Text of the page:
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As a young girl in Japan, Nagiko's father paints characters on her face, and her aunt reads to her from "The Pillow Book", the diary of a 10th-century lady-in-waiting. Nagiko grows up, obsessed with books, papers, and writing on bodies, and her sexual odyssey (and the creation of her own Pillow Book) is a "parfait mélange" of classical Japanese, modern Chinese, and Western film images.Written by
Michael C. Berch <firstname.lastname@example.org>
Ewan McGregor was uncomfortable about his parents watching the film, as he spends much of it being in the nude. His father took it well, and after seeing the film, responded to his son, via fax: "I'm glad you inherited one of my greatest attributes." See more »
Mike visible during wide shot when Nagiko kneels and Jerome signs his name on her back. 01:03:59 into the film on PAL DVDs. See more »
His writing - in so many languages - made me a sign-post pointing east, west, north and south. I had shoes in German, stockings in French, gloves in Hebrew, a hat with a veil in Italian. He only kept me naked where I was most accustomed to wearing clothes.
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This is not a "movie," not in the normal sense of the word. This is FILM ART. There is a massive difference between the two, and it effects the review of this film.
If viewed as a movie, this film is pretentious, over-visualized, non-plotted...and VERY slow and boring. Nagiko is not a character to be sympathized with (at least not until the very, very, VERY last moments in the film), and all the other characters have no history or background to make them indentifyable by the viewer. Jerome is eye-catching, but not extremely interesting, despite the fine acting of Ewan MacGregor. The fault is not in the actors--it is the script. The viewer is given no reasons to feel anything besides erotisism for the two characters and their plotting together. One is merely thrown into their story, and who can really care for a nit-wit of a girl with a fettish for body art, or a man who is overly vain, sells himself for what he wants, and basically plays games with the people he loves? Alright, there is some sort of interest in the morbid or perverse sense, but beyond that base type of curiousity, there is nothing more involving. In terms of storywritting, this film is absolutely terrible. In many moments, one feels like one is watching glorified porn.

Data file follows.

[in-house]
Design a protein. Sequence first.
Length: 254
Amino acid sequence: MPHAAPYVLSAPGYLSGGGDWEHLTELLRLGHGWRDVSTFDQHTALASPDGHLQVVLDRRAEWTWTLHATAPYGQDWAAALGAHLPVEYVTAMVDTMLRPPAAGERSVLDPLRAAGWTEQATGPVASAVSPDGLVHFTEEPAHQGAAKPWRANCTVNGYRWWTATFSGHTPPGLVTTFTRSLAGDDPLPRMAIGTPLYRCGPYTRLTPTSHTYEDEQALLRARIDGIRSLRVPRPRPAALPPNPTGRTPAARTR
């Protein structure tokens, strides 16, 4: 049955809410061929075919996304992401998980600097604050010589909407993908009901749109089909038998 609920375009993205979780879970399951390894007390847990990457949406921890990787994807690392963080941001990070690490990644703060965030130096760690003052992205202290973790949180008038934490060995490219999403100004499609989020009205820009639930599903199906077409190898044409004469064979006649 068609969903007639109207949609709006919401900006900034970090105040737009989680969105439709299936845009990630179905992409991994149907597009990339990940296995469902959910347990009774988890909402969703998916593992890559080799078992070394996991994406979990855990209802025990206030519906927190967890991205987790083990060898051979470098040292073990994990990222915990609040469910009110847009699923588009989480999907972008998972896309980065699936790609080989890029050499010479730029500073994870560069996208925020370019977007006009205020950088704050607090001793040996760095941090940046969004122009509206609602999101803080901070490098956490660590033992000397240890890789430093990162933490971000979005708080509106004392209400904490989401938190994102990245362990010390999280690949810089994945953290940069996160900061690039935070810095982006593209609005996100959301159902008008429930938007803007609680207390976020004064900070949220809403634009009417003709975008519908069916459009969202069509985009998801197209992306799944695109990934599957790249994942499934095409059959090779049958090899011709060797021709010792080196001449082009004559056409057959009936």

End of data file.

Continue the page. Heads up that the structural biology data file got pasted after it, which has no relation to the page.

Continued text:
As film art, "The Pillow Book" was stunning. The visuals are AMAZING. There is so much beauty in the making of this film, running from the sound of running water to the wonder of the human form. The non-linear aspect of the film gives it a dreamy and surreal quality, as well as a suprising sense of wonder.
There is a sheer erotisism to the film, but it is conveyed (for the most part) in a beautiful and "clean" sort of way. It makes even the minute detail, such as a caligraphy brush or a button, a sensual work of art. Mere "scribbling" becomes astounding and moving--such as the Lord's Prayer written upon Nagiko's body.
The film also includes a cold sense of revenge by way of the Publisher. One can't but feel gleefully satisfied that the man gets what he rightly deserves. And one can almost touch the peace that Nagiko gains for herself in the end.
Now, there are many other messages to be garnered from the film, such as the woman's liberation aspect portrayed, but in this I believe that such musings come almost totally from the mind of the viewer and the associations thereof...many could totally miss such messages in the overwhelming depth of sensuality displayed. Sometimes, a film is just a film; don't give it credit for messages that don't exist. It may be that the director had nothing of the sort in mind. If anything, give it credit for evoking the thoughts from your own mind.
All in all, visually stunning and emotionally evoking...as a work of art. As a story however...it is a dismal failure.
But it is at least worth seeing. Once.
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